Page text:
If you’re bored with German cars then the DS5 1955 offers something more individual and distinctive.
The DS5 used to be a Citroen but in an attempt to move the DS brand perception more upmarket it is now a standalone brand, although underneath there are still Citroen underpinnings.
The company has certainly made an effort to inject a bit more flair and creativity into the styling than is traditionally the case with German brands. The exterior is distinctive, but it’s the interior where the designers have gone to town. You get four sunroofs and there are lots of buttons – in fact it’s almost the opposite of a Citroen Cactus, which has a minimalistic interior with hardly any buttons. The downside of having lots of buttons in the central area between the seats is that there’s hardly any room for storage of items such as mobile phones or drinks.
Our test car was a 2-litre turbodiesel mated to a 6-speed manual gearbox, and of course with front-wheel drive.
If the brand is pitching the DS5 1955 against German company cars, then it’s likely to spend much of its time on the motorway, and the DS5 is fairly civilised in this environment, although when you come to accelerate there’s not a huge response.
You’re conscious that the steering wheel feels quite large, there are hefty pillars to your left and right in front of you, and the view out of the rear window is bisected by the car’s spoiler.
When you’re on A and B roads, there’s little engagement in the handling department. Take a look at the side view of the car and you’ll see that there seems to be a lot of bodywork sticking out beyond the front wheels, which can’t help the handling. If the DS5 is aiming to compete with the likes of Audi, BMW and Mercedes, two out of three of those brands are predominantly rear-wheel drive, so the front-wheel drive DS5 has its work cut out. Unfortunately the ride also isn’t as well cushioned as some Citroens of old.
There’s a ‘space saving’ electronic handbrake – even though it doesn’t seem to free up much space – and you’re never quite sure if the handbrake is on or off.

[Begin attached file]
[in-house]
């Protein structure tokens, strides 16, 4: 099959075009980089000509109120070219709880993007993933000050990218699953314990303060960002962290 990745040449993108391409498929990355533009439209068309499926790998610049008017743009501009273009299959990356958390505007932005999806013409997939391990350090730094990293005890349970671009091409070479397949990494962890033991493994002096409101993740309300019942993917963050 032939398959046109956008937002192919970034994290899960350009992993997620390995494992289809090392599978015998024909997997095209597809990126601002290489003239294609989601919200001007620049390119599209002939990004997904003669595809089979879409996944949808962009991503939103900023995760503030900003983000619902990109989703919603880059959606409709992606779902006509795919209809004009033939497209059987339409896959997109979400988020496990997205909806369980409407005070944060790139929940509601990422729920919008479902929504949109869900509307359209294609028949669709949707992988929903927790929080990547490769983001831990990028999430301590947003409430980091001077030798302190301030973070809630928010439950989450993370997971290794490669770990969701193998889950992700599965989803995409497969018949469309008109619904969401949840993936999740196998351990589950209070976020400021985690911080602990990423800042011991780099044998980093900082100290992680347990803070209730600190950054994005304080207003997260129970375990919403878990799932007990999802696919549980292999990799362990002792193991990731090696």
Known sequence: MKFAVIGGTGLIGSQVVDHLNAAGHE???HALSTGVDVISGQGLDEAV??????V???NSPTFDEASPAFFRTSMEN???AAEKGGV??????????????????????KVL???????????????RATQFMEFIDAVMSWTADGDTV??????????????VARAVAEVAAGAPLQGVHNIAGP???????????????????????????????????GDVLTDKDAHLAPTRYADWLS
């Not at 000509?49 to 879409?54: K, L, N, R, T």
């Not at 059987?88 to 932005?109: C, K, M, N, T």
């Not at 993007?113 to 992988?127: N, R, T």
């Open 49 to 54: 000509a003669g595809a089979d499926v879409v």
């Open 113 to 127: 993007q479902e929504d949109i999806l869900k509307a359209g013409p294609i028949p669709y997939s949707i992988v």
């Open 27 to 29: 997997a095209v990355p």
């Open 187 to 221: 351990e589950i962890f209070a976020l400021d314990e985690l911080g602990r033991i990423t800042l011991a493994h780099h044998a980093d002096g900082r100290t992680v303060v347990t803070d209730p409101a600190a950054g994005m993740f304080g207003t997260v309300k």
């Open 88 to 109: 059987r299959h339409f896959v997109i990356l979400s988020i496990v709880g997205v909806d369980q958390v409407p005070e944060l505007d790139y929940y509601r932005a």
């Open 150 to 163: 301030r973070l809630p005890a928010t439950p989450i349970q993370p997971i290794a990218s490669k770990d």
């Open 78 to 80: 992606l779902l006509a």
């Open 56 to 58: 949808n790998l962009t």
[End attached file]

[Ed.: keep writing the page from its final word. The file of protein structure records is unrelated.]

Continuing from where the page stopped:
As is usually the case these days, there’s a touchscreen for many of the vehicle’s controls. Regular visitors to this site will be aware of our views about touchscreen infotainment systems – taking your attention off the road in front to look to the side for small icons on a touchscreen then having to reach across to press various buttons is not particularly convenient or safe. As a perfect example, to press the ‘destination’ button on the satnav in the DS5 it feels like you have to reach a long, long way. A system such as BMW’s iDrive, with its rotary controller and associated buttons located just where your hand is, is a much better idea.
The DS’s touchscreen also switched itself off a few times, which wasn’t particularly helpful when trying to follow satnav instructions. And when re-starting the car, the media system always defaulted to radio rather than keeping it as the last setting, such as playing your own music.
The official NEDC combined economy figure for the DS5 is 68.9mpg, equating to 105g/km CO2. On paper, this is impressive. However after a week we averaged 48.8mpg in real-life driving – around 70% of the official figure. Interestingly, when we tested the DS5 Hybrid, we averaged 45.5mpg – so our suspicions were correct – the extra weight of the hybrid system has a negative impact on economy, and the 2-litre diesel is more economical in real-life driving than the Hybrid.
In the wake of all the talk about diesel emissions, Peugeot Citroen claims that its BlueHDi diesel engines are some of the cleanest around in terms of emissions that have a negative impact on local air quality.
The price of the DS5 150 manual is £29,600, taking it right into base BMW 320d territory. Our test car had one option, metallic paint (£600), taking the total price to £30,200. There are three specs – Elegance, 1955, and Prestige. There’s also a 1.6-litre petrol engine, as well as the 120 and 150 diesels with 6-speed manual ‘boxes, a 180 diesel auto, and the Hybrid 4×4 200.
Citroen was no doubt struggling to compete with the premium German brands in the company car park, hence the creation of the DS brand. The DS5 has individuality and a certain amount of flair on its side, however it takes more than that to win over the corporate market. People who like elements such as the performance, efficiency, rewarding handling and the functional interior of a BMW 3 Series are likely to take a bit of convincing to switch to a DS. We like the design-led approach of DS, but it needs to be backed up by driving ability and efficiency that can challenge the German brands.
The 1955 Citroen DS was a genuine game-changer, in terms of design that still looks fantastic today, and also innovation. The 2015 DS5 may have some style, but underneath there isn’t a huge amount of innovative substance. Our suggestion would be to keep the creative styling approach, but combine this with taking a leaf out of the Citroen Cactus’s book – ie. make the DS lighter. That will result in a better driving experience, better efficiency, and better performance – and a better, more innovative car overall. In the meantime, the DS5 is awarded a Green Car Guide rating of 7 out of 10.